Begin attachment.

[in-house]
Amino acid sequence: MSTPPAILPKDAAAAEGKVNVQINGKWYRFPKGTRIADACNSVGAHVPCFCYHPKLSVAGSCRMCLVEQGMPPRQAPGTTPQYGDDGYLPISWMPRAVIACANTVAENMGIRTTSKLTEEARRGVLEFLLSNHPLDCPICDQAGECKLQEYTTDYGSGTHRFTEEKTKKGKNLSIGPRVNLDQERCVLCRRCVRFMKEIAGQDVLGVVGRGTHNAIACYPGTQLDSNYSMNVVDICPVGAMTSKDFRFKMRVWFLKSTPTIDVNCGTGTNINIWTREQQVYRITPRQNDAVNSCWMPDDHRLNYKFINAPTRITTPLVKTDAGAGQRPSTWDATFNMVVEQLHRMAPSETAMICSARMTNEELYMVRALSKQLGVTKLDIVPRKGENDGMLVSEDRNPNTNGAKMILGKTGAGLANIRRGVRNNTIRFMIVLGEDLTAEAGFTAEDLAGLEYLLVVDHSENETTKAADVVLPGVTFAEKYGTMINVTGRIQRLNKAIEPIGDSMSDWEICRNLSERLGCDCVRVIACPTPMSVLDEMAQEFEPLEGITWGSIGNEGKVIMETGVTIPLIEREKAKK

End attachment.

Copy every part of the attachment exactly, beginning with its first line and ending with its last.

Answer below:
[in-house]
Amino acid sequence: MSTPPAILPKDAAAAEGKVNVQINGKWYRFPKGTRIADACNSVGAHVPCFCYHPKLSVAGSCRMCLVEQGMPPRQAPGTTPQYGDDGYLPISWMPRAVIACANTVAENMGIRTTSKLTEEARRGVLEFLLSNHPLDCPICDQAGECKLQEYTTDYGSGTHRFTEEKTKKGKNLSIGPRVNLDQERCVLCRRCVRFMKEIAGQDVLGVVGRGTHNAIACYPGTQLDSNYSMNVVDICPVGAMTSKDFRFKMRVWFLKSTPTIDVNCGTGTNINIWTREQQVYRITPRQNDAVNSCWMPDDHRLNYKFINAPTRITTPLVKTDAGAGQRPSTWDATFNMVVEQLHRMAPSETAMICSARMTNEELYMVRALSKQLGVTKLDIVPRKGENDGMLVSEDRNPNTNGAKMILGKTGAGLANIRRGVRNNTIRFMIVLGEDLTAEAGFTAEDLAGLEYLLVVDHSENETTKAADVVLPGVTFAEKYGTMINVTGRIQRLNKAIEPIGDSMSDWEICRNLSERLGCDCVRVIACPTPMSVLDEMAQEFEPLEGITWGSIGNEGKVIMETGVTIPLIEREKAKK